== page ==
So far we had only seen discrete distributions which only specific values have positive probability values. Now we are going to see continuous variables where each real value defined in the domain of the distribution has a positive probability.

In this class we are going to see uniform, exponential, normal, gamma and weibull distributions. Of those, we will see uniform, exponential and normal distributions in detail.

Uniform Distribution

Given an interval \([a,b]\), each value within the interval has equal probability in uniform distribution.

\[X \sim U[a,b]\]

the_seq <- seq(-5,5,length.out=1000)

ggplot(data=data.frame(the_seq),aes(x=the_seq)) +

Example: Suppose there is a lecture that can end anytime between 11:00 and 13:00. What is the probability that it ends before 12:30?

Solution: There are 120 minutes betweeen 11:00 (a) and 13:00 (b) and 90 minutes between 11:00 (a) and 12:30 (x).

\[P(X \le 90) = 90/120 = 3/4\]

Exponential Distribution

Exponential distribution is generally used to measure time before an event happens. Common examples are component (i.e. light bulb) lifetime and job processing (i.e. queue serving). It is closely related to Poisson distribution. While Poisson is used to estimate number of events in a given time period, Exponential distribution estimates the time of an event.

Exponential distribution has memoryless property.

\[P(X > t + s | X > t) = \dfrac{P(X > t + s)}{P(X > t)} = \dfrac{e^{-\lambda (t+s)}}{e^{-\lambda t}} = e^{-\lambda s}\]

Note: Exponential distribution is frequently used in maintenance themed questions (e.g. “A machine breaks down…”). Though, memoryless property in exponential distribution might seem a bit off as it kind of assumes replenished starting point and no “wear and tear effect”. Don’t forget these are mathematical questions and applications might differ.

the_seq <- seq(0,5,length.out=1000)

ggplot(data=data.frame(x=the_seq),aes(x=x)) +
stat_function(fun=dexp,color="blue") +
stat_function(fun=dexp,args=list(rate=0.5),color="red") +

Example: Lifetime of a bulb is expected to be 10,000 hours, estimated with exponential distribution. What is the probability that the bulb will fail in the first 3,000 hours?

\[\lambda = 1/10^5\]

\[P(X < 3,000) = 1 - e^{-\lambda x} = 1 - e^{- 10^{-5}*3*10^3} = 0.0296\]

Example: Using the same properties of the question above, what is the probability that the bulb will last more than 7,000 hours if it didn’t fail in the first 5,000 hours?

From memoryless property.

\[P(X > 7000 | X > 5000) = P(X > 5000 + 2000)/P(X>5000) = P(X > 2000) = e^{-\lambda x} = 0.9801987\]

Normal Distribution

It is the most popular continuous distribution with uniform distribution and it has many applications. Also several discrete and continuous distributions (i.e. Binomial, t and chi-squared) converge to normal distribution when data size increases. It is also called Gaussian distribution. Many miscalculations or failed prediction happen because people approximate empirical distributions to normal distribution. It has two main parameters mean (location) \(\mu\) and standard deviation (scale) \(\sigma\).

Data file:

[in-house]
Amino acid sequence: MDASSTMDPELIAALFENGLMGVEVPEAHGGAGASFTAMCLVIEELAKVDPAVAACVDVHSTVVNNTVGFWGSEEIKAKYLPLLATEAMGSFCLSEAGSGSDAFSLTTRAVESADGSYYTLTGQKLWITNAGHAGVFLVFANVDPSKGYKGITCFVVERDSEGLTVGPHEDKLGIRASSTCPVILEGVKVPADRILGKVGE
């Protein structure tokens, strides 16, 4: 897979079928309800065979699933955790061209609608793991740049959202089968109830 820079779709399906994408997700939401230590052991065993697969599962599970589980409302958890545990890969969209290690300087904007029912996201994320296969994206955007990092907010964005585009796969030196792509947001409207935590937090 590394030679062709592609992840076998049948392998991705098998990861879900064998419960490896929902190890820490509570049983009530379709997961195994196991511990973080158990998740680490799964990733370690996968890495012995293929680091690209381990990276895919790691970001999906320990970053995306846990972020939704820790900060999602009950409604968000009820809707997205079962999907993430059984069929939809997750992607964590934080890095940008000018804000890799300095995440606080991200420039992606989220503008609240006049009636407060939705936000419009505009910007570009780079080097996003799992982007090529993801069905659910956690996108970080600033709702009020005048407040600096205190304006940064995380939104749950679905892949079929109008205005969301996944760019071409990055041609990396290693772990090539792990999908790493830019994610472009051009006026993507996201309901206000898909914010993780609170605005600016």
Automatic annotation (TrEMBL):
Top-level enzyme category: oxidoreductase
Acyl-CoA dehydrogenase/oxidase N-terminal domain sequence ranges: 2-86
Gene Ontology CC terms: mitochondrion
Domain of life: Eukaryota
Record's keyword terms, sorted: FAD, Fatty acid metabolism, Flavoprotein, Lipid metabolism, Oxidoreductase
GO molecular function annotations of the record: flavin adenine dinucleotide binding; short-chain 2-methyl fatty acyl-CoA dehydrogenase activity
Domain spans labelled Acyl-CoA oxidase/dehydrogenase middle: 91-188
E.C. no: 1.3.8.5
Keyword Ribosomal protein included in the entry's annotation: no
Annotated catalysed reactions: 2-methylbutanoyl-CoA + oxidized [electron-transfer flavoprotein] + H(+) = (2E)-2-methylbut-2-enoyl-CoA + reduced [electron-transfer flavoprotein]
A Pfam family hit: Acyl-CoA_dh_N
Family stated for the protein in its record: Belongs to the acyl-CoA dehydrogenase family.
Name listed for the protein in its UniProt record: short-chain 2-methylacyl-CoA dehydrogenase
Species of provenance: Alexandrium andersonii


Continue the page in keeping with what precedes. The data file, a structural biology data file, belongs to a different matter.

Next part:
\[X \sim N(\mu,\sigma)\]

If \(X \sim N(0,1)\), it is called standard normal distribution.

the_seq <- seq(-5,5,length.out=1000)

ggplot(data=data.frame(x=the_seq),aes(x=x)) +
stat_function(fun=dnorm,color="blue") +
stat_function(fun=dnorm,args=list(sd=2),color="red") +

Standard Normal Distributions

Standard Normal Distribution is a special case of normal distribution with mean (\(\mu\)) 0 and standard deviation (\(\sigma\)) 1 \(X ~ N(0,1)\). Probability calculations in normal distribution is usually done with converting the parameters to standard normal parameters and finding the probabilities from the standard normal table (or z-table). Conversion to standard normal is done as follows. (You can find the z-table on course website.)


Example: In a population height of the individuals are normally distributed with mean 170cm and standard deviation 5cm. What is the probability of a randomly selected person’s height is 160cm or lower?

Solution: \(P(X < 160; \mu = 170, \sigma = 5) = P(X < \dfrac{160 - 170}{5}) = \phi(-2) = 0.0228\).

Gamma Distribution

First, let’s define the gamma function.

\[\Gamma(n) = \int_0^\infty x^{n-1}e^{-x}dx\]

By extensions there are some interesting properties.

\[\Gamma(n) = (n-1)\Gamma(n-1)\]

If n is a positive integer then \[\Gamma(n) = (n-1)!\].

You can use Gamma Distribution in reliability calculations with multiple components.

Exponential distribution is a special case of Gamma distribution with \(r=1\).

Weibull Distribution

Some application of Weibull distribution are to estimate the time for failure in multi component electrical or mechanical systems, and modelling wind speed.

R Functions

R has predefined functions for virtually all distributions. Just write ?Distributions to the console.

dunif #density of uniform distribution
punif #cdf of uniform distribution
qunif #quantile of uniform distribution
runif #uniform distributed random variate

dnorm #normal distribution
dgamma #gamma distribution
dweibull #weibull distribution
dexp #exponential distribution

Mini In-Class Exercises

These exercises are at will attempt questions. They will not be graded, you will not turn in any submission.

  1. Waiters in Çengelköy Çınaraltı Cafe, goes on a tea serving tour every 5 minutes. What is the probability that a newly arrived customer waits between 2 and 3 minutes?

  2. The waiting time at Çengelköy Börekçisi queue is exponentially distributed with a mean of 10 minutes. What is the probability that a customer would wait less than 8 minutes?

  3. Suppose Z is a standard normal distributed random variable (\(Z ~ N(0,1)\)).

    1. \(P(-0.2 \le Z \le 0.4) = ?\)
    2. If \(P(Z < k) = 0.0987\) what is \(k\)?
    3. If \(P(|Z| < k) = 0.95\) what is \(k\)?